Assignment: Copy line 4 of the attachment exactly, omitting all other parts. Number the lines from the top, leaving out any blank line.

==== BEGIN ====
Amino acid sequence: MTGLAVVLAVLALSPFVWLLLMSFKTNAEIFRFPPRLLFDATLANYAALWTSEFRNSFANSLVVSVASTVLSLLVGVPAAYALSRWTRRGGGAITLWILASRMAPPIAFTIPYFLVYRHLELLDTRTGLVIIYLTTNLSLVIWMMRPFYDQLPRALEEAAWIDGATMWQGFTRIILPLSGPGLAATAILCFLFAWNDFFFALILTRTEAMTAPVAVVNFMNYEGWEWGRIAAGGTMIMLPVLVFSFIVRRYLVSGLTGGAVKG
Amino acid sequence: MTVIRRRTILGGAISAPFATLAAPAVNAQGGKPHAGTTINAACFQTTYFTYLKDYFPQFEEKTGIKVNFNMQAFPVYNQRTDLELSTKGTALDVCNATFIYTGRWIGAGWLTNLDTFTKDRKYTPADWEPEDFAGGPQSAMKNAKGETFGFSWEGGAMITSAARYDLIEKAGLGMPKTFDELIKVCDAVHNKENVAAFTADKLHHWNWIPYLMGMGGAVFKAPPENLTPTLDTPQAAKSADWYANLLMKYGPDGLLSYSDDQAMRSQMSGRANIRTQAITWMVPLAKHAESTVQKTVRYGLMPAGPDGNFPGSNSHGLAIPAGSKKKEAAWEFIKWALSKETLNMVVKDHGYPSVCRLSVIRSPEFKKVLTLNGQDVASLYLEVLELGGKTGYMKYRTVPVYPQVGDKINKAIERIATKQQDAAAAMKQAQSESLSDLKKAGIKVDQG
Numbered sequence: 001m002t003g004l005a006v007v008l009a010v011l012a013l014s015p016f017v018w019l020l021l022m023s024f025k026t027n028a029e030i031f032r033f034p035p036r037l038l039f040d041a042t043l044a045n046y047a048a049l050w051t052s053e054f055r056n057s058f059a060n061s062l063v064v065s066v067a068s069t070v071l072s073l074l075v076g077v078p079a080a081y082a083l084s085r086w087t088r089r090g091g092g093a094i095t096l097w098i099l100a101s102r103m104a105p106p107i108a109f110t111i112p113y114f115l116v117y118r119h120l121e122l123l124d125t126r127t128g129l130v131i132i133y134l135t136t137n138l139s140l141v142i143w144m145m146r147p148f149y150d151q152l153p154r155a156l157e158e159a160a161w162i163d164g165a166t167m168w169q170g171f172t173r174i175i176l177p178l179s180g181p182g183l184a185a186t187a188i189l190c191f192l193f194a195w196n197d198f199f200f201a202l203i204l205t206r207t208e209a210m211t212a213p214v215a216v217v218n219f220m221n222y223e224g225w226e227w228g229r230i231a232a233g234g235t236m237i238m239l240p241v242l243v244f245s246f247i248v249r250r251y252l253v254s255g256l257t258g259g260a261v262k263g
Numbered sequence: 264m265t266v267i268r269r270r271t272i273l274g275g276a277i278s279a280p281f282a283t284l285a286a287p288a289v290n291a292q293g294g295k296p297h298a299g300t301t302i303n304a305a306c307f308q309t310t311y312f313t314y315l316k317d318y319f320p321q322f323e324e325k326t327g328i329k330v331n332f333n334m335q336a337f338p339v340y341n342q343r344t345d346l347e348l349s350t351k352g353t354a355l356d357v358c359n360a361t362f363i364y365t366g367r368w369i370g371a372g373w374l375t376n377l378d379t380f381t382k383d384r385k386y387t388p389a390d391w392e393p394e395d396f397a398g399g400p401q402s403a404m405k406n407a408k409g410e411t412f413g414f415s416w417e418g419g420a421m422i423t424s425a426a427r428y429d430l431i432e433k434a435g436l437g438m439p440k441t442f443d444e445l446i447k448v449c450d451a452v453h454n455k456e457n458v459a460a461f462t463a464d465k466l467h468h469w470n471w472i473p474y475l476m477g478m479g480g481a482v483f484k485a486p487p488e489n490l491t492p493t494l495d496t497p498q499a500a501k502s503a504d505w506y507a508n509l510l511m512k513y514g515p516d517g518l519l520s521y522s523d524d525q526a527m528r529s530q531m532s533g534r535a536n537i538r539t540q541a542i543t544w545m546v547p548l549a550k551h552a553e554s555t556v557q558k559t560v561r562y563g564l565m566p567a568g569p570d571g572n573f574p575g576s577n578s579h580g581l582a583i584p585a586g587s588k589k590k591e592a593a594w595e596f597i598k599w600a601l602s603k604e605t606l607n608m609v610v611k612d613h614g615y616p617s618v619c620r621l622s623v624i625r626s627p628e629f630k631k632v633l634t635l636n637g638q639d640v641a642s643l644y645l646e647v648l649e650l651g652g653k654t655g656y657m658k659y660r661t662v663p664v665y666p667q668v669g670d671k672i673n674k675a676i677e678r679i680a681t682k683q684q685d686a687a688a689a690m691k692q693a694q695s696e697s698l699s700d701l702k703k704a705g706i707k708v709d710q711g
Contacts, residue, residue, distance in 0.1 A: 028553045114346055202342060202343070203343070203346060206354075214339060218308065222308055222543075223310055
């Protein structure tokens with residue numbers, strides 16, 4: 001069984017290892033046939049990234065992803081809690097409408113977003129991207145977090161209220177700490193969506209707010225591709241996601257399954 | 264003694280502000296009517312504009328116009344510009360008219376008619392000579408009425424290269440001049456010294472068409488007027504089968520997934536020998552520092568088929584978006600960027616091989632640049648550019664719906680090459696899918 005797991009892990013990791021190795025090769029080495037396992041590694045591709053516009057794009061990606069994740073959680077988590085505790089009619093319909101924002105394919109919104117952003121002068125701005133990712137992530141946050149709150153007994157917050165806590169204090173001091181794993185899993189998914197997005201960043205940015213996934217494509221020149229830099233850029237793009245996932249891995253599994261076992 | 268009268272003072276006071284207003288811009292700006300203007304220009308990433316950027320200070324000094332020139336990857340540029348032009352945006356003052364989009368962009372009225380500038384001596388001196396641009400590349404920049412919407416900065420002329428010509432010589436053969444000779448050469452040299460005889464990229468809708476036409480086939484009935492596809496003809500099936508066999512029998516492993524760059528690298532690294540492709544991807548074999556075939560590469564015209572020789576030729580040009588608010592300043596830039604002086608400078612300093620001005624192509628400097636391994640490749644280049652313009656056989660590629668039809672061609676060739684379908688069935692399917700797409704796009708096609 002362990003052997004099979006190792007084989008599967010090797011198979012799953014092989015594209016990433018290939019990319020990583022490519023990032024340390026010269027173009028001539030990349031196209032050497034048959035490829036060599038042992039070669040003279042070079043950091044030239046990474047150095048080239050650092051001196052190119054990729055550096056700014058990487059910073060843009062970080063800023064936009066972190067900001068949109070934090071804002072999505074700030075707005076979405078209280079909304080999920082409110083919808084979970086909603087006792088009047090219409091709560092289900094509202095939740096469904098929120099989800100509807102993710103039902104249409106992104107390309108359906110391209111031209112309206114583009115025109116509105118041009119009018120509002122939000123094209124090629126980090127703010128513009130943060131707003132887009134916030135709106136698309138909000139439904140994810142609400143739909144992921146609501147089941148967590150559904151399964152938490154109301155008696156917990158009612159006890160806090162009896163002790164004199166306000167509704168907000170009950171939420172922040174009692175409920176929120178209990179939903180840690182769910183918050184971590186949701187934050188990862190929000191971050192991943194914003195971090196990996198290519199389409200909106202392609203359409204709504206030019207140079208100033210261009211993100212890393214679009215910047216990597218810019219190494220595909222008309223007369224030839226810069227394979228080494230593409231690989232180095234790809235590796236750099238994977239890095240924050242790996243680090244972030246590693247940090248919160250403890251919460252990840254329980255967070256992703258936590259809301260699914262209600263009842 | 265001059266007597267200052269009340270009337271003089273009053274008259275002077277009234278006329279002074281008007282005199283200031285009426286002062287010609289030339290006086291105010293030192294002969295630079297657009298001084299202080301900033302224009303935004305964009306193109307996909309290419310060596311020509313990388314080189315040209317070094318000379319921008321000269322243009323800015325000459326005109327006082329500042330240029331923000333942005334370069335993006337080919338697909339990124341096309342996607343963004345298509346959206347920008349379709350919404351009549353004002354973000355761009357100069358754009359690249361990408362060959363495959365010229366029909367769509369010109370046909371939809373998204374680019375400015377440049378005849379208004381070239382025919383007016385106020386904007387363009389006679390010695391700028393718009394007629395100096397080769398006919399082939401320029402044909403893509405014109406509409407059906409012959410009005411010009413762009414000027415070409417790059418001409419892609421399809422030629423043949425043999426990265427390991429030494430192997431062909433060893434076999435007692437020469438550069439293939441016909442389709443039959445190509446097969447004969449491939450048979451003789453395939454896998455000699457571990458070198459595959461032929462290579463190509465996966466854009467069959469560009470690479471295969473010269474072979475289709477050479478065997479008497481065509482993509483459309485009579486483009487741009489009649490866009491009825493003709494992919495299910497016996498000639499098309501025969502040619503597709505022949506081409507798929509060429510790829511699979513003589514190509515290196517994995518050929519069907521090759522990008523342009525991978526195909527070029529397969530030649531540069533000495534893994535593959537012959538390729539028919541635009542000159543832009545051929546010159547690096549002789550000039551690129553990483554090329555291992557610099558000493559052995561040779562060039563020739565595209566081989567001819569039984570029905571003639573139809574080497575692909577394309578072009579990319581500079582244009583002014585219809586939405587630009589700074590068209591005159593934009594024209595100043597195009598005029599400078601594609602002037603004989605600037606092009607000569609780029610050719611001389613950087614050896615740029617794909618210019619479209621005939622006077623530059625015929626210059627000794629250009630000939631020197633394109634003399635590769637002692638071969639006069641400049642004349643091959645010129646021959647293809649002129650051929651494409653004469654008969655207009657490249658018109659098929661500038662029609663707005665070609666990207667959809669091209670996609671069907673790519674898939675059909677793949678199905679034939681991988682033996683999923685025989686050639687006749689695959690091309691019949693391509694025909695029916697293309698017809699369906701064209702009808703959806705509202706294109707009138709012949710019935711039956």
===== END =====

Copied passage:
Numbered sequence: 264m265t266v267i268r269r270r271t272i273l274g275g276a277i278s279a280p281f282a283t284l285a286a287p288a289v290n291a292q293g294g295k296p297h298a299g300t301t302i303n304a305a306c307f308q309t310t311y312f313t314y315l316k317d318y319f320p321q322f323e324e325k326t327g328i329k330v331n332f333n334m335q336a337f338p339v340y341n342q343r344t345d346l347e348l349s350t351k352g353t354a355l356d357v358c359n360a361t362f363i364y365t366g367r368w369i370g371a372g373w374l375t376n377l378d379t380f381t382k383d384r385k386y387t388p389a390d391w392e393p394e395d396f397a398g399g400p401q402s403a404m405k406n407a408k409g410e411t412f413g414f415s416w417e418g419g420a421m422i423t424s425a426a427r428y429d430l431i432e433k434a435g436l437g438m439p440k441t442f443d444e445l446i447k448v449c450d451a452v453h454n455k456e457n458v459a460a461f462t463a464d465k466l467h468h469w470n471w472i473p474y475l476m477g478m479g480g481a482v483f484k485a486p487p488e489n490l491t492p493t494l495d496t497p498q499a500a501k502s503a504d505w506y507a508n509l510l511m512k513y514g515p516d517g518l519l520s521y522s523d524d525q526a527m528r529s530q531m532s533g534r535a536n537i538r539t540q541a542i543t544w545m546v547p548l549a550k551h552a553e554s555t556v557q558k559t560v561r562y563g564l565m566p567a568g569p570d571g572n573f574p575g576s577n578s579h580g581l582a583i584p585a586g587s588k589k590k591e592a593a594w595e596f597i598k599w600a601l602s603k604e605t606l607n608m609v610v611k612d613h614g615y616p617s618v619c620r621l622s623v624i625r626s627p628e629f630k631k632v633l634t635l636n637g638q639d640v641a642s643l644y645l646e647v648l649e650l651g652g653k654t655g656y657m658k659y660r661t662v663p664v665y666p667q668v669g670d671k672i673n674k675a676i677e678r679i680a681t682k683q684q685d686a687a688a689a690m691k692q693a694q695s696e697s698l699s700d701l702k703k704a705g706i707k708v709d710q711g